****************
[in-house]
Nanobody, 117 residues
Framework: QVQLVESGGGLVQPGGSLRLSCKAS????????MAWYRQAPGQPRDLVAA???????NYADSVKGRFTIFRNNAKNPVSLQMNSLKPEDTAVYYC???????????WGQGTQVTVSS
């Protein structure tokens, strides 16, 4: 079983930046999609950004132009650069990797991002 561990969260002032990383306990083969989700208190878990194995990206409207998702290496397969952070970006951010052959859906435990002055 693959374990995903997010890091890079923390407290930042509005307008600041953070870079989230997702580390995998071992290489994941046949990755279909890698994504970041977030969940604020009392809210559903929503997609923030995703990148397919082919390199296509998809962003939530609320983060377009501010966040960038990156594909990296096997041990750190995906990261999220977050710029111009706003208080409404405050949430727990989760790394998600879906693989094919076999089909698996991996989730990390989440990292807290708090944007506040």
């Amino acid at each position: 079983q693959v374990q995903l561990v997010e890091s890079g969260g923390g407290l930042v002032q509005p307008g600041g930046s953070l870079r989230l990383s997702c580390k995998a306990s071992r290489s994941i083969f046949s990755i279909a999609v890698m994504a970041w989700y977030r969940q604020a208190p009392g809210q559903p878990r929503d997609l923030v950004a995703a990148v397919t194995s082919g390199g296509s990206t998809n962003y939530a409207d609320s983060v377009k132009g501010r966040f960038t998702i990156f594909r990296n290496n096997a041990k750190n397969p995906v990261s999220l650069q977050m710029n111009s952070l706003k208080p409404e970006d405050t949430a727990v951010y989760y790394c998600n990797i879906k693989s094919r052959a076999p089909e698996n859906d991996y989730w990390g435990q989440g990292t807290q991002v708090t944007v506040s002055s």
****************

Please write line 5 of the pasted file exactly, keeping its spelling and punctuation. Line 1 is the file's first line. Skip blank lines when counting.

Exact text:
């Amino acid at each position: 079983q693959v374990q995903l561990v997010e890091s890079g969260g923390g407290l930042v002032q509005p307008g600041g930046s953070l870079r989230l990383s997702c580390k995998a306990s071992r290489s994941i083969f046949s990755i279909a999609v890698m994504a970041w989700y977030r969940q604020a208190p009392g809210q559903p878990r929503d997609l923030v950004a995703a990148v397919t194995s082919g390199g296509s990206t998809n962003y939530a409207d609320s983060v377009k132009g501010r966040f960038t998702i990156f594909r990296n290496n096997a041990k750190n397969p995906v990261s999220l650069q977050m710029n111009s952070l706003k208080p409404e970006d405050t949430a727990v951010y989760y790394c998600n990797i879906k693989s094919r052959a076999p089909e698996n859906d991996y989730w990390g435990q989440g990292t807290q991002v708090t944007v506040s002055s």